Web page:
After that incident, comes one of the most obscure passages in Avram’s life, the covenant between the pieces. Both the war and the covenant are in our triennial reading.
The portion will end with Sarai making Avram and Hagar conceive Ishmael, just to have Isaac promised to her 13 years later, as God changes Avram’s and Sarai’s names to Avraham and Sarah and getting Avraham to circumcise himself and all the males in his household.
My question for us today is: How do you understand what happens after the war, between Avram, the king of Sodom and this priest called Melchitzedek? The destruction of Sodom hasn’t happened yet, but is there something foreshadowing it? If this is one of Avram’s tests – remember, our tradition recons ten tests for Avram – what is the test? Do you think he passed it?
[There are different opinions of how to count the tests. Everyone agrees that sending Yishmael away and the Binding of Isaac were tests, as was Sarai in the court of Pharaoh, the war, and circumcision. Some count the act of going out; some count a faceoff with Nimrod that happened in a midrash; some count facing famine in the promised land and having to go down to Egypt, some count having Hagar as a second wife, some count sending both Hagar and Yishmael away, some count Sarah with Avimelech, some count the covenant between the pieces itself, some count standing up for Sodom and Gomorrah, some count Sarah’s burial. Click here for list one, two, three, four]
So I want to point out that the idea of dissention and war appears strongly in this moment of Avram’s life. Just before the war we read the separation between Avram and his nephew, because the land can’t support all their herds, and the herdsmen fight. At that moment we see a different side of Avram, a side that the midrash will say is how the world is sustained: by those who do not engage in a quarrel, and do not let discord become a fight. Avram lets Lot make the choice: if you go left I will go right, if you go right I will go left, let us just not fight.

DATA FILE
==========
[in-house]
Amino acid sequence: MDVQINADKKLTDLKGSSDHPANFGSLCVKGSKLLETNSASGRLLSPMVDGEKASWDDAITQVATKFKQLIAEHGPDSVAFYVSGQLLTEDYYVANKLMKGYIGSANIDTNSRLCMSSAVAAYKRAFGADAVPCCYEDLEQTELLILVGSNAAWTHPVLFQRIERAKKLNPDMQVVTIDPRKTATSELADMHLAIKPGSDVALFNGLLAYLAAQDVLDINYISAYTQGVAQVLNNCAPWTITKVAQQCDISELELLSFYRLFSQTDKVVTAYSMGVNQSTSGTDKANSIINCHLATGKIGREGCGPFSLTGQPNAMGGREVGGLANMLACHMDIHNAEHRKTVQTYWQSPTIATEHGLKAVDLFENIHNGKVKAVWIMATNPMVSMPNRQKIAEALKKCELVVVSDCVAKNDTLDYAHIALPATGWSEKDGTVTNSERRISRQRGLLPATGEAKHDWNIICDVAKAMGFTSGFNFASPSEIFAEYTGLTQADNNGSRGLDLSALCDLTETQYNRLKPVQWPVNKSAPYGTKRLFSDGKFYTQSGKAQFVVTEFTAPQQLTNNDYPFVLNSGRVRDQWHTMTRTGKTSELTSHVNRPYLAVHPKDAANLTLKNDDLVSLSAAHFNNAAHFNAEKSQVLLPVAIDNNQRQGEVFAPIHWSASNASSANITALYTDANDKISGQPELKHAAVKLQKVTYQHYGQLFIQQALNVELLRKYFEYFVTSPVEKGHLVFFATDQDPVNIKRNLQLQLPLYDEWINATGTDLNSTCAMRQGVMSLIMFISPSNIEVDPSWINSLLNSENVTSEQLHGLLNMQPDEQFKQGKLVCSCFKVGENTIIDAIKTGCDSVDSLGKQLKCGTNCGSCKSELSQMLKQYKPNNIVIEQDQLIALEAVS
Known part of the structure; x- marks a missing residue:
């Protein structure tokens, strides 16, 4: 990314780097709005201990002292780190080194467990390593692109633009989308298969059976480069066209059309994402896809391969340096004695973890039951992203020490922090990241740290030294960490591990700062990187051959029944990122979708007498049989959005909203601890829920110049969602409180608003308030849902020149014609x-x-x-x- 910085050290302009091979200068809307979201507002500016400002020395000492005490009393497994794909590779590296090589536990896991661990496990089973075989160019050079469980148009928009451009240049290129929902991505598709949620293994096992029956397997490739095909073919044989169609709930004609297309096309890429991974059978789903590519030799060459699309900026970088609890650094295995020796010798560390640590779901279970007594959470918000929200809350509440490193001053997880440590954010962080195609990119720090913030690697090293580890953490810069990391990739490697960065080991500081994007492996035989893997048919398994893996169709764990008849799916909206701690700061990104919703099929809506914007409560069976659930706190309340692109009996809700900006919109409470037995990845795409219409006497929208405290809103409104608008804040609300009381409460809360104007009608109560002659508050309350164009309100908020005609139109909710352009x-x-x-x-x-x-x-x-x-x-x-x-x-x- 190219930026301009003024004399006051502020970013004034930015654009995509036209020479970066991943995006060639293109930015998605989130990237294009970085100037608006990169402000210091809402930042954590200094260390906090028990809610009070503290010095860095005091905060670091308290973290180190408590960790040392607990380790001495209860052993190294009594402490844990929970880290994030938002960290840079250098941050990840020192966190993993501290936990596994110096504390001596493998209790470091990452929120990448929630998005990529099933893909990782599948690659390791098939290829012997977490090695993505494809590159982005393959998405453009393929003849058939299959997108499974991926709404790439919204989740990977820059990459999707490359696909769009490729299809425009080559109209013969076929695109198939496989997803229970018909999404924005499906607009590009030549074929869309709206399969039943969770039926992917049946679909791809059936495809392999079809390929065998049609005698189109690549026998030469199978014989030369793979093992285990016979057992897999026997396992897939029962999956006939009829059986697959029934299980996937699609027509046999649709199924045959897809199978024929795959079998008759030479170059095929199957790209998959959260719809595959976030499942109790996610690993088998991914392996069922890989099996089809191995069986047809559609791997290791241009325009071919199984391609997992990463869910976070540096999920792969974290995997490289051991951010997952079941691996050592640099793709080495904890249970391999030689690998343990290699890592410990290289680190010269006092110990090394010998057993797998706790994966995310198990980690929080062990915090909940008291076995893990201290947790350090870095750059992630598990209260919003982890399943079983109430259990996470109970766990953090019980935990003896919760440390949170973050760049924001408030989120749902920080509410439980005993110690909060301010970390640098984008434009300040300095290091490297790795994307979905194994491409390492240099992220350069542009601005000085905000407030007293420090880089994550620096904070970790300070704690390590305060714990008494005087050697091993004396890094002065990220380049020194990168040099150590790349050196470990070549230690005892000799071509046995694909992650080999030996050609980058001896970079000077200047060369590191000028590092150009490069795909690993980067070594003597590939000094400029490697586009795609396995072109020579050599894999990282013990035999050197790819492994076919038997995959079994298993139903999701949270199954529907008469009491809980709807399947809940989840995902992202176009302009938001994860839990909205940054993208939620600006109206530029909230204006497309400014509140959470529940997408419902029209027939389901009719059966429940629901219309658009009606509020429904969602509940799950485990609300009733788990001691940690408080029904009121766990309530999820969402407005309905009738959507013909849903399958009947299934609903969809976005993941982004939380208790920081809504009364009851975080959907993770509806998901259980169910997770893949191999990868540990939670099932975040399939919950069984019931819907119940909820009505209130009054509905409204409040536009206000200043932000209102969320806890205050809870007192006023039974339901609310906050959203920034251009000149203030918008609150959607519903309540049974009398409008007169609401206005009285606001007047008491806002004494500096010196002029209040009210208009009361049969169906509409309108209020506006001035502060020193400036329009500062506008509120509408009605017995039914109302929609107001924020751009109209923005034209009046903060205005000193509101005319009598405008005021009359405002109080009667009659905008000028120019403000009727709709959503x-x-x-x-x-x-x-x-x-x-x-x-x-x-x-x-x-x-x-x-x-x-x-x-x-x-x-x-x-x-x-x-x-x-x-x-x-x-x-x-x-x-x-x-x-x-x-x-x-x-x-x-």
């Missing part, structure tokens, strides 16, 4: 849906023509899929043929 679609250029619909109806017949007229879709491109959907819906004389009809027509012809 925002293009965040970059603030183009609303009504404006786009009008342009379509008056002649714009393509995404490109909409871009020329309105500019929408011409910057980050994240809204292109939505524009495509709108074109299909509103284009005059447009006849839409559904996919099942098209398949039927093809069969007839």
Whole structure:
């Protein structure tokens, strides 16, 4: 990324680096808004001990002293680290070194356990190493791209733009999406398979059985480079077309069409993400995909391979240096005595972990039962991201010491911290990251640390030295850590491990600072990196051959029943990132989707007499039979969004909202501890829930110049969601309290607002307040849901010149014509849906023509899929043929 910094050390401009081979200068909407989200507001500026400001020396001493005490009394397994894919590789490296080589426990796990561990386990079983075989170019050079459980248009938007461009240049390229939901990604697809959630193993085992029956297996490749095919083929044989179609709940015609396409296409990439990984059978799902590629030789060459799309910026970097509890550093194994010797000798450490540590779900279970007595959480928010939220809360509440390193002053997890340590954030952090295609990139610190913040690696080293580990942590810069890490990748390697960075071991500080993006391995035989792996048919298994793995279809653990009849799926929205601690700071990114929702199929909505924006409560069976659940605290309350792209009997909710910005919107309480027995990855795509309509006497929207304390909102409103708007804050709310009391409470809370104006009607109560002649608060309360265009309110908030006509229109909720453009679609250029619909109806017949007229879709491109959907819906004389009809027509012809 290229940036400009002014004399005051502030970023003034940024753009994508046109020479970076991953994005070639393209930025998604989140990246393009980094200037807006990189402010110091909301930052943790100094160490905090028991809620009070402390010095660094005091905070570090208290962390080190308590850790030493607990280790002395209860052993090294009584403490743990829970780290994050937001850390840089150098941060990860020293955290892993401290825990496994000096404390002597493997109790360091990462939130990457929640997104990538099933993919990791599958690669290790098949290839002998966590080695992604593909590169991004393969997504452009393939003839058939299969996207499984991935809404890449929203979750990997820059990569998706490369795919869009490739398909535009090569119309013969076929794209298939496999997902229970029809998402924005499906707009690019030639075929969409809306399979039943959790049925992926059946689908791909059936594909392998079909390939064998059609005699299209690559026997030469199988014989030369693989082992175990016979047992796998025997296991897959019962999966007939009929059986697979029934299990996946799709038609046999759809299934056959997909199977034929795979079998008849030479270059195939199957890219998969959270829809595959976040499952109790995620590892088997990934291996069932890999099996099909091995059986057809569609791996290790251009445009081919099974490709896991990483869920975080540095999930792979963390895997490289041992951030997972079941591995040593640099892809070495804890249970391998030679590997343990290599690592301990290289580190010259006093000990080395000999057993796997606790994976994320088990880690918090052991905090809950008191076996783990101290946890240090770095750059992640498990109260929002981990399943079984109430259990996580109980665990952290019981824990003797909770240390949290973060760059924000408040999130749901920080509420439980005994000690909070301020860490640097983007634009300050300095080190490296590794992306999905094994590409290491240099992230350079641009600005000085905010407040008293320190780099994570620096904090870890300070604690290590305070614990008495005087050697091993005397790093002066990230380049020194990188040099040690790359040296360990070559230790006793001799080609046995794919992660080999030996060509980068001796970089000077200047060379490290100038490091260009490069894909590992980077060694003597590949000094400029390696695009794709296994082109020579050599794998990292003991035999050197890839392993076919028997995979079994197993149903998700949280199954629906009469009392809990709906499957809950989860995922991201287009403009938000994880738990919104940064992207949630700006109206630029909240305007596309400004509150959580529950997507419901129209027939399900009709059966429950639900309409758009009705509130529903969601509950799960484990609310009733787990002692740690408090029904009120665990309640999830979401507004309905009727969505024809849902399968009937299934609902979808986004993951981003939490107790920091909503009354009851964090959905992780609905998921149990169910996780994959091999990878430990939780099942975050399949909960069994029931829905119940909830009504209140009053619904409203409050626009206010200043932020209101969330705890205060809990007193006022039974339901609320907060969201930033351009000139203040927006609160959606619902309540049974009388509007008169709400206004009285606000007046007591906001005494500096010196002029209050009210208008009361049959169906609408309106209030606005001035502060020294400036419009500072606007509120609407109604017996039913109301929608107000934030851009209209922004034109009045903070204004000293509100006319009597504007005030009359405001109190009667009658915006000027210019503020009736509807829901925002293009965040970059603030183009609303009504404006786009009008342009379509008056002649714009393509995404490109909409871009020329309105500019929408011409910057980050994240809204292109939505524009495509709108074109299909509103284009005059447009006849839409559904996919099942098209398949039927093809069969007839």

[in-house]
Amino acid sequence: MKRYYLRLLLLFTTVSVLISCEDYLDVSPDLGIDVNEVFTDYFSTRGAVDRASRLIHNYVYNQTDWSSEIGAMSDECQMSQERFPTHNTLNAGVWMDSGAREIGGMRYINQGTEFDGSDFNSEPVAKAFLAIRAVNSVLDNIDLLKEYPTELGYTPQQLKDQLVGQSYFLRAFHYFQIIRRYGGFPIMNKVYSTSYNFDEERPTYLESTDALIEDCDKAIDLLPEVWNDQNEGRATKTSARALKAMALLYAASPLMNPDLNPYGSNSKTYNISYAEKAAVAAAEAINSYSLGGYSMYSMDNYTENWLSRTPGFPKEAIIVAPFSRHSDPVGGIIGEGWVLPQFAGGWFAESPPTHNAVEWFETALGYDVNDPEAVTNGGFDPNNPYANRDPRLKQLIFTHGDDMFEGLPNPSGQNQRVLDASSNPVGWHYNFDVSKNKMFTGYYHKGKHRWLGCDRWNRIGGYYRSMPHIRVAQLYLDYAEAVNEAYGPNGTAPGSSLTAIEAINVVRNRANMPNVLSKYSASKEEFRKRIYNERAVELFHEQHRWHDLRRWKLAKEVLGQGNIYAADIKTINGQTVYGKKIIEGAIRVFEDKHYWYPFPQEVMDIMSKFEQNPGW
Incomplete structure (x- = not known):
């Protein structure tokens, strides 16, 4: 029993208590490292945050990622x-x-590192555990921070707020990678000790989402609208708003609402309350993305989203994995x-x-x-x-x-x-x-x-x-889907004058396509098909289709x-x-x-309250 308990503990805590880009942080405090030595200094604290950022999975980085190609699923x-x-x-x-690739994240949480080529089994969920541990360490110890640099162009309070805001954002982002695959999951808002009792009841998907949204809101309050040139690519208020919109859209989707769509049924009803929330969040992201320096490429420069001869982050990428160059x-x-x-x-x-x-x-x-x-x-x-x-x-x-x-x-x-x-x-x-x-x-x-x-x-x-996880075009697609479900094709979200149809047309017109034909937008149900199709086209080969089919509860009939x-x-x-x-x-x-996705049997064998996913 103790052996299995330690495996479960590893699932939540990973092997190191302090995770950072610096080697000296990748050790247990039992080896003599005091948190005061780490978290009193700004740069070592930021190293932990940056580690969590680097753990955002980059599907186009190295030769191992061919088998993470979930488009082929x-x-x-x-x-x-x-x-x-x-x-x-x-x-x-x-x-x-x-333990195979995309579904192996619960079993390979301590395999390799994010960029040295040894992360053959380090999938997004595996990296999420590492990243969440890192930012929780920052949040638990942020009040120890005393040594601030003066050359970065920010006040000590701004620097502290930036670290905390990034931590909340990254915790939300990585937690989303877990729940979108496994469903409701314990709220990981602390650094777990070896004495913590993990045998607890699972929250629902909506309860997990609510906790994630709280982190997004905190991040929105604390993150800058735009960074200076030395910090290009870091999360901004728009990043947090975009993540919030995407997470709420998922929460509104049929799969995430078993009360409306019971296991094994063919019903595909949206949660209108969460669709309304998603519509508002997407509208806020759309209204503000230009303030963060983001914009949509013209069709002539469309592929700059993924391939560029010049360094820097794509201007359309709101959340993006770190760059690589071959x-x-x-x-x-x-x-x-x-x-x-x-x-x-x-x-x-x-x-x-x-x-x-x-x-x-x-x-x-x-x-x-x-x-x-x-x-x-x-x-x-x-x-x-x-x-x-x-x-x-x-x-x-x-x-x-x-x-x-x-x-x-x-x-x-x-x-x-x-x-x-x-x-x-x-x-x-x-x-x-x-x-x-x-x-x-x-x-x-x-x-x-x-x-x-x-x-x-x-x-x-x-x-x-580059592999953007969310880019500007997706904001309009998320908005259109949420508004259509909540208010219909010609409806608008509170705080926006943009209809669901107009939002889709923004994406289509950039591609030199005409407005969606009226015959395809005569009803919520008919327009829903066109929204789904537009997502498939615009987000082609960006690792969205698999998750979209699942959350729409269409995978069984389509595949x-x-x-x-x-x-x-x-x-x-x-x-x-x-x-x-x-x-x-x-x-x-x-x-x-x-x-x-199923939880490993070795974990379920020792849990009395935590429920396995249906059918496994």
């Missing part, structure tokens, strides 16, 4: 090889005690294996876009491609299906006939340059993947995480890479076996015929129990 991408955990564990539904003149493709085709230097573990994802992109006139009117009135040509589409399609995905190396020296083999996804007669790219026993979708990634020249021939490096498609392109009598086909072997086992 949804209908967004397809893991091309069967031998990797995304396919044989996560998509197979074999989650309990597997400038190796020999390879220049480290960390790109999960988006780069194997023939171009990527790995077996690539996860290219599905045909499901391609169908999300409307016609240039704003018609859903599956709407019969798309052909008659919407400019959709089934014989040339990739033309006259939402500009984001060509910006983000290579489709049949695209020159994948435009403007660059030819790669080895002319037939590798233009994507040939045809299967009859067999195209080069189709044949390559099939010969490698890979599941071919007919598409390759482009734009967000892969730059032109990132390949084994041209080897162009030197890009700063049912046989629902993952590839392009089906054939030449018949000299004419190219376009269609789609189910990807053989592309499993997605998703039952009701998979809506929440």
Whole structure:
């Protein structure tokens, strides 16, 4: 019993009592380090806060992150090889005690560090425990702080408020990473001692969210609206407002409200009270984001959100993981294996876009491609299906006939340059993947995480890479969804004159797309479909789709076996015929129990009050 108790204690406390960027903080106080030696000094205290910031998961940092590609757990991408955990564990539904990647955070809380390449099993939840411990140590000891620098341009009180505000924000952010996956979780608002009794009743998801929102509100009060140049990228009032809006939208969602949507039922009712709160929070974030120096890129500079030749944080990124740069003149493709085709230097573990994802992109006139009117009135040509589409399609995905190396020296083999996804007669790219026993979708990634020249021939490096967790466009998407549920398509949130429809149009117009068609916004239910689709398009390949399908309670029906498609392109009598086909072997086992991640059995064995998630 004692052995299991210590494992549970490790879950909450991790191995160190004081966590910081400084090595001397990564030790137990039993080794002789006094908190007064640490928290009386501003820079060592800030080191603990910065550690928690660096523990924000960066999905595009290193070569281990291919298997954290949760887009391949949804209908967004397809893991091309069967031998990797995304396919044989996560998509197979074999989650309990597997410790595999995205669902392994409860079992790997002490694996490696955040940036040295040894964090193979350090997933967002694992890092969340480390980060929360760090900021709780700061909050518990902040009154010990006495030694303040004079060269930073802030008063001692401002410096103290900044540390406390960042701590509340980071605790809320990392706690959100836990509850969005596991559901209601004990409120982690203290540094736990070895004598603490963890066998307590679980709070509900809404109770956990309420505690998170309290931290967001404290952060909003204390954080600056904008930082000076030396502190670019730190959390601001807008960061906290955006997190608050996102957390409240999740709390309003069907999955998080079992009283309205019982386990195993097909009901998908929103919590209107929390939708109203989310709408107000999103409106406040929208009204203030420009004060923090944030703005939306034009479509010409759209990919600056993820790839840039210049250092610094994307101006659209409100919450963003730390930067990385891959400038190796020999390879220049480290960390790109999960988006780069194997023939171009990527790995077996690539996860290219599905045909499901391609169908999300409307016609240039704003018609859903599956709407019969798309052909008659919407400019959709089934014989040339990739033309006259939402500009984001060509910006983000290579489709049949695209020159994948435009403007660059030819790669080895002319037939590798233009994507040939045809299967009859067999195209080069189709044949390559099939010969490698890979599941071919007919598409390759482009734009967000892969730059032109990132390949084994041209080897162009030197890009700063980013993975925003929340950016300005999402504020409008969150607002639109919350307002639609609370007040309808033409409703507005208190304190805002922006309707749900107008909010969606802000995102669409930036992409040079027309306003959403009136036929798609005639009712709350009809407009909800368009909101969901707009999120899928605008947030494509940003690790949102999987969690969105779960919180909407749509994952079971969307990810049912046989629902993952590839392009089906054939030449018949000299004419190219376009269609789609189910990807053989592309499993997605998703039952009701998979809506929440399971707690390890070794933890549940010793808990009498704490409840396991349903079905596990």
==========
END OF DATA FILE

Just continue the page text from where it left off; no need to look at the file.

Which is a deep contrast with Avram in the very next chapter: the war breaks, an unnamed survivor tells Avram that Lot has been taken captive, in a series of five active verbs in two sentences, Avram liberates all those who are captive [here’s a map] [here are tar pits, I find them fascinating]. Once he does that the king of Sodom and the King of Shalem – previously unmentioned – come to meet Avram. The King of Shalem, who moonlights as a priest of El Elyion, God Most High, blesses Avram who gives him a donation. It is at this junction that the King of Sodom asks Avram for the persons, but not the possessions. And Avram refuses the possessions.
If we are going to see the arc of the story of Avram and possessions, we see how central possessions were up to this moment, and still are in the Covenant of the Pieces. Avram gets financially comfortable out of the lie that Sarai is his sister at the beginning of the story, and his possessions keep growing from then on. At this point maybe he has come to a place of understanding that possessions matter little if you don’t go after your principles – in this case, liberating Lot and the rest of the people from a life of slavery most probably. The text says: “Lot, the women and the rest of the people.”
In that sense we can understand the dispute with Lot and then the war as Avram growing into the realization that stuff matters less than relationships and people.
The Chasidic commentators will make sure that we read the text closely – the King of Sodom says:
תֶּן־לִ֣י הַנֶּ֔פֶשׁ וְהָרְכֻ֖שׁ קַֽח־לָֽךְ
Literally: Give me the soul, and the possessions take for yourself
That Sodom was a bad place we will be informed in the next portion, but you and I know that places and countries don’t turn bad suddenly. Just like milk begins to sour, and the taste becomes acid before a full blown curdling, there is a process for people and cities and countries. If you chose to read the text in its basic Hebrew, you have a king asking for the people back in exchange for things. And Avram not willing to see himself as a bounty hunter of sorts, a paid militia, but as someone who did this because it was the right thing to do.
But if you want to read it in a symbolic way, what is the King asking? Your soul for the money. Give me the soul. Your soul. Which is to say: “Stay stuck in the concept of possessions, of amassing things, and your soul will be mine.” The King of Sodom is seen as the symbol of the impulse for selfishness, for thinking only about ourselves, for wanting to have stuff instead of being and becoming good people.
It is not anymore “your money or your life” – it is your money or your very soul. Your essence. And it is by saying – I am my values, I am on the side of anti-slavery, I want freedom for the people and for myself that Avram merits the next step – the vision of the Covenant Between the Pieces.